Eating the right foods helps you stay healthy and manage your blood sugar. Reading food labels gives you a better understanding of what’s in your food — making it easier to make healthy choices.
If you’re not paying attention to food labels, you’re not getting all the details on your food. Such as the total carbs, sugar, calories, fat, salt, and more.
So, how do you read food labels? And what should you be looking for? Here are some important steps to help you make informed choices.
Look at the Ingredients
The best place to begin is to look at the ingredients on the food label. Look for heart-healthy ingredients — oats, whole-wheat flour, or soy. Healthy fats like peanut, olive, and canola oils, seeds, and nuts are all good for heart health, too.
It’s best to avoid foods that contain excessive amounts of saturated fats, sugars, salt, and partially hydrogenated or hydrogenated oils.
Check the Serving Size
Before reading the rest of the label, look at the serving size. The rest of the information — such as carbs, calories, sugars, fiber, and more — will be based on the serving size that’s listed. Eating more than a serving size means you’ll get more carbs, sugars, and calories than what’s listed. Looking at the serving size also helps you avoid getting more calories and carbs than you should.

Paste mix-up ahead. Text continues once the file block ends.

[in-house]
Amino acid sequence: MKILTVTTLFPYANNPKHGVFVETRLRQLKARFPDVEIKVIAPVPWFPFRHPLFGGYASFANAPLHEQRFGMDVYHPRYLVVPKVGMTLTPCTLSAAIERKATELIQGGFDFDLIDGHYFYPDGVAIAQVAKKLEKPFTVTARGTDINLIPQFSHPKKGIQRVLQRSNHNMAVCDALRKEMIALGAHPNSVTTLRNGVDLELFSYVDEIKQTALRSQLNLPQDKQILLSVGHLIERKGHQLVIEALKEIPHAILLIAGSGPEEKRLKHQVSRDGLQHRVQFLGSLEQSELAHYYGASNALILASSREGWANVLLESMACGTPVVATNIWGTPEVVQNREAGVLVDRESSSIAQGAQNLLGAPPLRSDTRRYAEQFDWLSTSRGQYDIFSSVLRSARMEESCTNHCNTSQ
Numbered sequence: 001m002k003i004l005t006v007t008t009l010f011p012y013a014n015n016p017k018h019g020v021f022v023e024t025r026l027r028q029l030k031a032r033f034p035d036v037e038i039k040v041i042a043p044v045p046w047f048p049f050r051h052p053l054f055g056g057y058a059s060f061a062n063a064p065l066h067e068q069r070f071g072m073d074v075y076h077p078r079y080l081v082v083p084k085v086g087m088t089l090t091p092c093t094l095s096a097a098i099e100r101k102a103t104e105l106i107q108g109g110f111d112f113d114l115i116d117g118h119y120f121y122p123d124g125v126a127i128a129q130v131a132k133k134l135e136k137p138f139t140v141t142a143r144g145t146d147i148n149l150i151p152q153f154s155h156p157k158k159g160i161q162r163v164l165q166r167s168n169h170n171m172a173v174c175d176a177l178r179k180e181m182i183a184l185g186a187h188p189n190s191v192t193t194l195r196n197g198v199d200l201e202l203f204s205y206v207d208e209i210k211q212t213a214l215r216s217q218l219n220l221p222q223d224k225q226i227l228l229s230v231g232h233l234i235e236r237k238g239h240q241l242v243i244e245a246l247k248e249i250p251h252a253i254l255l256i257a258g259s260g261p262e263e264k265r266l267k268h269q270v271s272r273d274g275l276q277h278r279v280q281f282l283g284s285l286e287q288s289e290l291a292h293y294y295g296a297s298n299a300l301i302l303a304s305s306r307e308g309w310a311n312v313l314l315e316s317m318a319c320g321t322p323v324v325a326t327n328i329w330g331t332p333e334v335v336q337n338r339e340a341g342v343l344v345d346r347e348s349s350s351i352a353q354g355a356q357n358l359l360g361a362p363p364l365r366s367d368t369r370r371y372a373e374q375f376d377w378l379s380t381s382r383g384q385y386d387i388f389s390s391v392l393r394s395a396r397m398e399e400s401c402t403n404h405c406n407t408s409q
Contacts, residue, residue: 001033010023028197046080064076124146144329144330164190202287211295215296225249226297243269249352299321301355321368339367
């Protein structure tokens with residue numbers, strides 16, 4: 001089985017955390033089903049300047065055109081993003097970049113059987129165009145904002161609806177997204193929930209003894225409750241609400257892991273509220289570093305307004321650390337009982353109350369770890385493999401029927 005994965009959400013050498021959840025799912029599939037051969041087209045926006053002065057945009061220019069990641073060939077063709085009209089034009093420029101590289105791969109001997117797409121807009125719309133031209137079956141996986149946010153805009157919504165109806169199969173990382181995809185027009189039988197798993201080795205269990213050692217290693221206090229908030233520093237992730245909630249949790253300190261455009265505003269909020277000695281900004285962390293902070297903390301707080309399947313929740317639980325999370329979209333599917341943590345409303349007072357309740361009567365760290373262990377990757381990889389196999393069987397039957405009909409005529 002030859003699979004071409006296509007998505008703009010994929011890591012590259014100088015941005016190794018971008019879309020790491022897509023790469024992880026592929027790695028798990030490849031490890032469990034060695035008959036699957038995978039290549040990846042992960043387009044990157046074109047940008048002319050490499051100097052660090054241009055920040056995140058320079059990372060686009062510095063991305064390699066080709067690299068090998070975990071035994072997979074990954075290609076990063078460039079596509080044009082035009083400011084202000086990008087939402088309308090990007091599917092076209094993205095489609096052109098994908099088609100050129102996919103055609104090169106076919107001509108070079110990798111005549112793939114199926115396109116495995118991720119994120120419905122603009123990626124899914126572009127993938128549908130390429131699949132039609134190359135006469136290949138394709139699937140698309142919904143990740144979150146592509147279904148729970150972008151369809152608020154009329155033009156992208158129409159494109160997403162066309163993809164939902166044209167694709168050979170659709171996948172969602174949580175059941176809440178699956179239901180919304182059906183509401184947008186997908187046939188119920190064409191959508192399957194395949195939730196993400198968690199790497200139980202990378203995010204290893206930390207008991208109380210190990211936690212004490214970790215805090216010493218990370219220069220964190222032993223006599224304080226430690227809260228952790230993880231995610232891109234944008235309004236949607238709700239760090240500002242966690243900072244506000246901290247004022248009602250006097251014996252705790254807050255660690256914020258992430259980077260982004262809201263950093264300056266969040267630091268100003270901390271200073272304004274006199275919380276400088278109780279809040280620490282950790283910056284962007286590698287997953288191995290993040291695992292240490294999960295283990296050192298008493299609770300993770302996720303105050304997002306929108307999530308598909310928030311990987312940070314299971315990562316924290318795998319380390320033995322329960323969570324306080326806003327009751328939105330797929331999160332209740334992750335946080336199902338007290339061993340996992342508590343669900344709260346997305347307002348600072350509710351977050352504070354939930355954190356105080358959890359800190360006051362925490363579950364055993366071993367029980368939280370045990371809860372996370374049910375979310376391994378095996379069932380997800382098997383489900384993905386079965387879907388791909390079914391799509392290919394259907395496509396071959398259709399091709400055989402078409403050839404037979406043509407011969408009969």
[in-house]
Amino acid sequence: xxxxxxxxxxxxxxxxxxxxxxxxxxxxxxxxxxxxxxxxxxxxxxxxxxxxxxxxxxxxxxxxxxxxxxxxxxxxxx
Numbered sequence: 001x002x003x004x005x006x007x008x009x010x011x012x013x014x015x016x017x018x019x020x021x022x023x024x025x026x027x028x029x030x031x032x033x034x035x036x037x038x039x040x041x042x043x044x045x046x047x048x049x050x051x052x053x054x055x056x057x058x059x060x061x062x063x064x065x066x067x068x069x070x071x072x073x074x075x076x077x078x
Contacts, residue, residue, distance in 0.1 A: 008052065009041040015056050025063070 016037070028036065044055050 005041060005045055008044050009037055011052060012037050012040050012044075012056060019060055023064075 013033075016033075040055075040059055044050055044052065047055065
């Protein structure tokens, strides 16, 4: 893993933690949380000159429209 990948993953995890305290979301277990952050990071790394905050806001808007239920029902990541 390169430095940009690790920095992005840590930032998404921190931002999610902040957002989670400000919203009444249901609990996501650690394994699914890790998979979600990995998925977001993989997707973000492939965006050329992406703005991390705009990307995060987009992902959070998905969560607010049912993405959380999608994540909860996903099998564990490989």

Carbs and Context
If you’re working to manage your diabetes, you know that watching your carb intake is essential. That’s why food labels can be an excellent tool.
Look at the total carbohydrates, not just the sugar. Total carbohydrates will include sugar, fiber, and complex carbs. Focusing just on sugar content could keep you from eating nutritious foods that have natural sugar, like milk or fruit. Other foods may look low in added sugar but still have a lot of refined carbs.
And don’t forget about sugar alcohols. These sugar substitutes typically have fewer calories per gram than starches and sugars.
Examples of sugar alcohols include mannitol, sorbitol, and xylitol. Foods with sugar alcohols will have them listed under total carbs. Just remember, even if foods contain sugar alcohols, it doesn’t mean they’re lower in calories or carbs. Look at the total grams of carbs and calories listed on the food label, too.
Don’t Forget Sodium
Sodium, or salt, doesn’t affect blood sugar. But, eating too much salt increases your risk of heart disease and high blood pressure. Some foods don’t taste salty, but contain hidden salts. Reading labels makes it easier to find hidden sources of sodium.
The mySugr website does not provide medical or legal advice. mySugr blog articles are not scientific articles, but intended for informational purposes only.
Medical or nutritional information on the mySugr website is not intended to replace professional medical advice, diagnosis or treatment. Always consult a physician or health care provider with any questions you may have regarding a medical condition.